Antipsychotics in skilled care: Finding the right dose won't be easy

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John O'Connor
John O'Connor

It happens all the time in politics: After dissatisfied voters throw the rascals out, new rascals push back way too hard. Could the same thing happen to the use of antipsychotics in skilled care?

Antipsychotics have a less than proud history in this sector. They were once handed out liberally to residents with dementia and/or behavioral issues. The stated reason might have been to manage the symptoms. But if we are going to be honest, the meds were often administered to make annoying outbursts go away.

How pervasive was their use? In 2010, nearly 40% (39.4%) of skilled care residents who had cognitive impairments and behavior problems but no diagnosis of psychosis or related conditions were receiving antipsychotic drugs. That was the average, so it topped 50% in more than a few facilities.

Thankfully, times have changed. Five years ago, the Centers for Medicare & Medicaid Services led a campaign to reduce antipsychotic prescribing. As a part of the initiative, the agency enhanced educational efforts, stepped up regulations, and increased reporting — as the Five Star Nursing Home rankings illustrate.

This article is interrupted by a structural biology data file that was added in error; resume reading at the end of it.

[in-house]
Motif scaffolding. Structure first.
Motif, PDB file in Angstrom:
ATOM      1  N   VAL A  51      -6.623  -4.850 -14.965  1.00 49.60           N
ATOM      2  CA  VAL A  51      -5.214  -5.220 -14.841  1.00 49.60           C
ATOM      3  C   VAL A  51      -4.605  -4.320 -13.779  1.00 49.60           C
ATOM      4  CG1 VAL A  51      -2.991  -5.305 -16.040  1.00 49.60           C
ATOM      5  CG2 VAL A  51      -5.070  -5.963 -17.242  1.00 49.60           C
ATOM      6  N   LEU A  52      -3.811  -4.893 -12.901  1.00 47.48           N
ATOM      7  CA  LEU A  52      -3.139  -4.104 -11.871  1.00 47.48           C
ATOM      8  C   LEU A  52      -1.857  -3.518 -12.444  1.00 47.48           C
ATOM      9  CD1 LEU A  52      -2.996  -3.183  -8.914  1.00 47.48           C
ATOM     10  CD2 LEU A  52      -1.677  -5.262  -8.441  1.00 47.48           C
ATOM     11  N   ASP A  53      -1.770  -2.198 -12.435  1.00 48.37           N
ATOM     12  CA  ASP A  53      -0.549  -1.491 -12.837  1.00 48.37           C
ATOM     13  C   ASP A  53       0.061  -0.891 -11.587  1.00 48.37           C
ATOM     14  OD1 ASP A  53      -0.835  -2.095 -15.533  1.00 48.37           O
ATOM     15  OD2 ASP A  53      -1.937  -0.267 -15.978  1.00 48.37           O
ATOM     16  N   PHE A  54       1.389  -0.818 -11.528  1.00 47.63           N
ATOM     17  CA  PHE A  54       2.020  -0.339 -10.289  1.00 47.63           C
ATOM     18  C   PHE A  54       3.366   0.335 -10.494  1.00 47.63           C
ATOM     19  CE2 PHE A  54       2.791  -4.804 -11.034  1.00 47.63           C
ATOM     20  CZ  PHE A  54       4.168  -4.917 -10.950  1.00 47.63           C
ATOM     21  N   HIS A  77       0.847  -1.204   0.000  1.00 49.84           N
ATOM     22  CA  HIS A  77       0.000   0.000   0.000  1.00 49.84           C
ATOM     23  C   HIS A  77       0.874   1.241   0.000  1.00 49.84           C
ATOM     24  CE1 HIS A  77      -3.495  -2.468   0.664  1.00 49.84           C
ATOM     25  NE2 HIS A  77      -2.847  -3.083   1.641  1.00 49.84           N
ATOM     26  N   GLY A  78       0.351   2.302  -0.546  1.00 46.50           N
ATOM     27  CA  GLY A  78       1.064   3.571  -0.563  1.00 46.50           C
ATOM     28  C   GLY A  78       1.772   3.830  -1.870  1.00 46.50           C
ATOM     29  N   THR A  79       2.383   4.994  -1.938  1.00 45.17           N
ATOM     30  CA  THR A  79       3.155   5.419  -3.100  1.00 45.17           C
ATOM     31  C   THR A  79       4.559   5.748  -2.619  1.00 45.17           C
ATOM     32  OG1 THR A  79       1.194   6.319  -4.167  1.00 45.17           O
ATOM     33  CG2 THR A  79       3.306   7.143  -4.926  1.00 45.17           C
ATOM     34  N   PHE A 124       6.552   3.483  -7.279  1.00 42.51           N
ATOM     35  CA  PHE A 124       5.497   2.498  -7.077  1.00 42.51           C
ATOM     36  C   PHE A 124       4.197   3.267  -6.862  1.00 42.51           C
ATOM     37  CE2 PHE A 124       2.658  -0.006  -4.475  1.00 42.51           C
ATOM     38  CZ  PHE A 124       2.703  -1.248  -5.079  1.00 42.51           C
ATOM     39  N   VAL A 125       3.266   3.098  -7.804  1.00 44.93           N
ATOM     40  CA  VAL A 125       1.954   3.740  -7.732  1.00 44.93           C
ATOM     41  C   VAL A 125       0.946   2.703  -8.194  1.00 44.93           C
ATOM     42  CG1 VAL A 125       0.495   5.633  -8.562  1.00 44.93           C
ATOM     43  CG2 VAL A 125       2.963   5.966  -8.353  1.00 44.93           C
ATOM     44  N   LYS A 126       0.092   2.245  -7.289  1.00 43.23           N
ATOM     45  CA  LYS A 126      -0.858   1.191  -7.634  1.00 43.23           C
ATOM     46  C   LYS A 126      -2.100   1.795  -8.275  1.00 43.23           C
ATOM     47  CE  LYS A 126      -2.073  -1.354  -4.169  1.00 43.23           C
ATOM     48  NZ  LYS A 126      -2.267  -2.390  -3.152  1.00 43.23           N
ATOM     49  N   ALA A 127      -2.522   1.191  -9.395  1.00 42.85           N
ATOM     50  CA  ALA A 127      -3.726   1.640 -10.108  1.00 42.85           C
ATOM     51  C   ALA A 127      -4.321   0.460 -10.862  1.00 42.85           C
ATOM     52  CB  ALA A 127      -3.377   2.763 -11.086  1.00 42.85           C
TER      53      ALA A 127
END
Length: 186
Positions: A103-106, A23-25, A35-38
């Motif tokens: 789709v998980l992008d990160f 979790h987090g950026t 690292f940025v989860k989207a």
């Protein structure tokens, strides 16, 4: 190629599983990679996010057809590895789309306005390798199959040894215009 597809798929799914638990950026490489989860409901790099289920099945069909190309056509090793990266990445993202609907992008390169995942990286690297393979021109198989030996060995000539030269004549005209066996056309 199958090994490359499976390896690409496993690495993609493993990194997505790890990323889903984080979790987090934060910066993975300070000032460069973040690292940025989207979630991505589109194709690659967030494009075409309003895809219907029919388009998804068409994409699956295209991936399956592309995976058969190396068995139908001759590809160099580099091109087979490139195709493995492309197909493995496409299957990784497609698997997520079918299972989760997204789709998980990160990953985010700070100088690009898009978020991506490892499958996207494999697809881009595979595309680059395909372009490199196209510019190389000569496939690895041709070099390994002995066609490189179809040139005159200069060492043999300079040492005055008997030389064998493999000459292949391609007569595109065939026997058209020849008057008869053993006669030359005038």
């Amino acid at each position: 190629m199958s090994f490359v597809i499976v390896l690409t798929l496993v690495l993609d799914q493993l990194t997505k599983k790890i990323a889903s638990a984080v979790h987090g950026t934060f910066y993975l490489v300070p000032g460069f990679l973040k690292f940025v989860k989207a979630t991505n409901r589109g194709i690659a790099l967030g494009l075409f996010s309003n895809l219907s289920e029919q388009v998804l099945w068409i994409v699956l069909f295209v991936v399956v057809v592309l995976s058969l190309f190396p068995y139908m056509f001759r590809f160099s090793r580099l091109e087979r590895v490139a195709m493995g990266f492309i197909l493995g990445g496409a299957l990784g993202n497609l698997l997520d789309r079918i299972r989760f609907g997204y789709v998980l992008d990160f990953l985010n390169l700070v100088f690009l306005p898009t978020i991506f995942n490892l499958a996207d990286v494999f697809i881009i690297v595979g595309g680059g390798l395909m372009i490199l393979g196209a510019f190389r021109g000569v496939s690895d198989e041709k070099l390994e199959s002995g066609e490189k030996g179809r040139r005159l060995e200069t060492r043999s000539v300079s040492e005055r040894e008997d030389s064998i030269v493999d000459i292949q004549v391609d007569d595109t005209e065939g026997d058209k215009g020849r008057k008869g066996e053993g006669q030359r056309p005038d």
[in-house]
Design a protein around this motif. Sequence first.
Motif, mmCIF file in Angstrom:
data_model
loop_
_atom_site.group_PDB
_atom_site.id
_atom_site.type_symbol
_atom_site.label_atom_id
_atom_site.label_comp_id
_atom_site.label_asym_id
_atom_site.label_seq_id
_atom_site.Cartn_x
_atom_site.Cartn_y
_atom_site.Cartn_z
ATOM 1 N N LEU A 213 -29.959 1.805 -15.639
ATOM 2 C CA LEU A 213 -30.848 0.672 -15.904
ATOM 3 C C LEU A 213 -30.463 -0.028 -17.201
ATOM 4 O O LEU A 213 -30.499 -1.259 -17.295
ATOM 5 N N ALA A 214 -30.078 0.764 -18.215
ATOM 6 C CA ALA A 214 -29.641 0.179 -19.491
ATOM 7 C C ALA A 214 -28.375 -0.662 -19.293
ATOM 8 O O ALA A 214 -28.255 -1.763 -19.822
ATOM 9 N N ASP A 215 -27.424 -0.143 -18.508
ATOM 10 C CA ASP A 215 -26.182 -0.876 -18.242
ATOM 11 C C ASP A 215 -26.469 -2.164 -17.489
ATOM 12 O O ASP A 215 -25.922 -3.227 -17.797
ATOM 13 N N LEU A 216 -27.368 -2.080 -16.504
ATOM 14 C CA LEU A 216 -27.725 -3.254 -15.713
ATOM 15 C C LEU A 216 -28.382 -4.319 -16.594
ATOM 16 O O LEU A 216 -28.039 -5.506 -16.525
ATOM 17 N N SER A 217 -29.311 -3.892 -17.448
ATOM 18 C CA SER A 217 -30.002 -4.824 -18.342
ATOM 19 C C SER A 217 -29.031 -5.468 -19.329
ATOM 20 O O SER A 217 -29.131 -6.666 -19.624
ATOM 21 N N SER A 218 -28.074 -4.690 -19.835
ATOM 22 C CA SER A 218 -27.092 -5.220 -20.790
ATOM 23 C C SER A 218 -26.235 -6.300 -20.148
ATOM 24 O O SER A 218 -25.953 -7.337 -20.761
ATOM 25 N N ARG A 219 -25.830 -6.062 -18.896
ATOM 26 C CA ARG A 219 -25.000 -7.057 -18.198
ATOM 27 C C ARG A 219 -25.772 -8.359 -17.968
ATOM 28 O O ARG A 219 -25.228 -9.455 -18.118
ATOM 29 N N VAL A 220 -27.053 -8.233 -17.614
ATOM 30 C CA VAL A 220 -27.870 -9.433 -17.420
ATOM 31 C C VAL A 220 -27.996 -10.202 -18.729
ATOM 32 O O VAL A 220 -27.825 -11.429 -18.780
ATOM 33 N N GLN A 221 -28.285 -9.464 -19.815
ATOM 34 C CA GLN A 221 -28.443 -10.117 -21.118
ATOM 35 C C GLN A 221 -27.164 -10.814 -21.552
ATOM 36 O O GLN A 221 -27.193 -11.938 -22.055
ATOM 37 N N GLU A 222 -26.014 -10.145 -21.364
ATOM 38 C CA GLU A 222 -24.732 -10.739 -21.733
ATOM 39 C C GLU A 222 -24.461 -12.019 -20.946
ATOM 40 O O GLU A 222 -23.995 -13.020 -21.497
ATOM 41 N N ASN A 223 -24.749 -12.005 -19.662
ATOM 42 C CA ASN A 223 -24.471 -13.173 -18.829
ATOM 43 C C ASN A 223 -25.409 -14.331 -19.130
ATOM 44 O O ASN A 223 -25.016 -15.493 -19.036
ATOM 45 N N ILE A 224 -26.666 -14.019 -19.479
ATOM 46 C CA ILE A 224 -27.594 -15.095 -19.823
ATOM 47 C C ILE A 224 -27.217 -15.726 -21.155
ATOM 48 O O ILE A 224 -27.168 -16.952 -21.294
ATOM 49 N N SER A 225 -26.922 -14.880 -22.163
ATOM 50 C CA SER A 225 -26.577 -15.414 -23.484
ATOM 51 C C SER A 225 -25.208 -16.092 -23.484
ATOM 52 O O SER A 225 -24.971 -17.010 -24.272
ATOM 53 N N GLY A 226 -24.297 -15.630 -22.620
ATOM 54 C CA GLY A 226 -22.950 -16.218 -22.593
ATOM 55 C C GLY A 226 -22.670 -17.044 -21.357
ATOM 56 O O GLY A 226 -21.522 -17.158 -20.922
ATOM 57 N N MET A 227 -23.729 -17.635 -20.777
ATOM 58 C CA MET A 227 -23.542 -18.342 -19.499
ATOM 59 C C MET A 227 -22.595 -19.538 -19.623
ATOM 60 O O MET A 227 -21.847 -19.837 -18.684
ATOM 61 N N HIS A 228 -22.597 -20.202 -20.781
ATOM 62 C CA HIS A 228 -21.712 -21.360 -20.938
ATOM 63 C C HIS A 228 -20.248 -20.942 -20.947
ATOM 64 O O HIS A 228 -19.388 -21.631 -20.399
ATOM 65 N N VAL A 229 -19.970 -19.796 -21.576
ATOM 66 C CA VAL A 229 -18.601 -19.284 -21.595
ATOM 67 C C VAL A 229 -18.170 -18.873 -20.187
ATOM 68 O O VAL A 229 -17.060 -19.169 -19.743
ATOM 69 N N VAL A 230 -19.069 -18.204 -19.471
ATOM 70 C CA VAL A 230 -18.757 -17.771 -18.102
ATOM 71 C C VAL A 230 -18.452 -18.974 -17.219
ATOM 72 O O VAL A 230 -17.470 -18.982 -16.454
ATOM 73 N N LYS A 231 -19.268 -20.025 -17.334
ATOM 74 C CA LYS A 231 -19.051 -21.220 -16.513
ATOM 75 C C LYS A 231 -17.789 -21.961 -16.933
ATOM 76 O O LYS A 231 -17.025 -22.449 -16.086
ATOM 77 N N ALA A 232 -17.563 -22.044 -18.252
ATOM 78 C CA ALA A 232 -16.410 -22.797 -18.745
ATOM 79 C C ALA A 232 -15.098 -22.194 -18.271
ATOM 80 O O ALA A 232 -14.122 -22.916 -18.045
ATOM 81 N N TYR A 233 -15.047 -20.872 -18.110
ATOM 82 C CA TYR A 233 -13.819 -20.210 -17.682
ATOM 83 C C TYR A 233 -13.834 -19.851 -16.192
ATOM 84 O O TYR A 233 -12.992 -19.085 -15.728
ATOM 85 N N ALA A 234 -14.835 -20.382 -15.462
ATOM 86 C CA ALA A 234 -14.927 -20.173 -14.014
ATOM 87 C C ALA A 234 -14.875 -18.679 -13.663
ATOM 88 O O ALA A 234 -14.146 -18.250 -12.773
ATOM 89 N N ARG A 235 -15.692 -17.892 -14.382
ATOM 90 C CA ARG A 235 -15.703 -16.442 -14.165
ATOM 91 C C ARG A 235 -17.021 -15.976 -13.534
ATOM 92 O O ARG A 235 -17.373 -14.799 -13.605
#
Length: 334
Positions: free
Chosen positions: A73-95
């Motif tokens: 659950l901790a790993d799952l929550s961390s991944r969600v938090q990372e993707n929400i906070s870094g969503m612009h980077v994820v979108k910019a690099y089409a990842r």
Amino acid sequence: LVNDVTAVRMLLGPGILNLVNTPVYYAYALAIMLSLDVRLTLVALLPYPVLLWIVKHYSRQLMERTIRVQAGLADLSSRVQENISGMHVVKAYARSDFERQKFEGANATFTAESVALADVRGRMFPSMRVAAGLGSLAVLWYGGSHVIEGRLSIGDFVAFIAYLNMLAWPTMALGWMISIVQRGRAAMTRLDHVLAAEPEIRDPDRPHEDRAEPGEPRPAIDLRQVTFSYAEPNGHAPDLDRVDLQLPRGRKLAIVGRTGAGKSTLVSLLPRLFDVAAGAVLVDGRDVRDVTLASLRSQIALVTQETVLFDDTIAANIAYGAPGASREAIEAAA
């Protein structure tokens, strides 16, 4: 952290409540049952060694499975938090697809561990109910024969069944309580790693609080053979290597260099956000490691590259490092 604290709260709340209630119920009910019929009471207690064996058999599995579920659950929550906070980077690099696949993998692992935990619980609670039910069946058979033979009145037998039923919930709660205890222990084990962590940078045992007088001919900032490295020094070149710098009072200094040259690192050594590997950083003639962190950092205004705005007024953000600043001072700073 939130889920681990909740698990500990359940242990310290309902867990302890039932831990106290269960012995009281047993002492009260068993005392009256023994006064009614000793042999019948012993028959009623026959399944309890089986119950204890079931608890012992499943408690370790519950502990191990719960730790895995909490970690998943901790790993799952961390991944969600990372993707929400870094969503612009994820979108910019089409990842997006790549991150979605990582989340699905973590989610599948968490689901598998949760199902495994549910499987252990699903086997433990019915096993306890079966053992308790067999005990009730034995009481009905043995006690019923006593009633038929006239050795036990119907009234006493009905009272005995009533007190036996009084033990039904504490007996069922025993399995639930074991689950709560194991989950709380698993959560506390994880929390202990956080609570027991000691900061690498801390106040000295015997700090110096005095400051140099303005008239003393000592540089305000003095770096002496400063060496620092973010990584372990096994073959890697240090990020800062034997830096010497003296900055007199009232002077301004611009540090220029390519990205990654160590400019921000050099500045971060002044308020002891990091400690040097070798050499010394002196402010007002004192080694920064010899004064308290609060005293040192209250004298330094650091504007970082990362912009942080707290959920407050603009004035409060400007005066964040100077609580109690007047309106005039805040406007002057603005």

By 2016, the American Health Care Association, which had instituted a similar campaign to CMS's, was noting that member facilities had lowered their off-label use of antipsychotics by 30% over four years. This was achieved largely by substituting non-pharmacologic interventions.

We often hear about the failings of nursing homes. But in this instance, some serious credit is due. To trim the numbers by that much in such a relatively short period of time is truly commendable.

In fact, some are wondering if such reductions are getting a bit too aggressive.

It's encouraging that we are seeing real collaboration here between the field and regulators. That must continue, as we are talking about literally strong medicine here.

There's certainly no justification for excessive use. Nor should residents be denied medications they need.

Let the search for the right answer — or answers — continue.

John O'Connor is McKnight's Editorial Director.

Daily Editors' Notes

McKnight's Daily Editors' Notes features commentary on the latest in long-term care news and issues. Entries are written by Editorial Director John O'Connor, Editor James M. Berklan, Senior Editor Elizabeth Newman and Staff Writer Emily Mongan.

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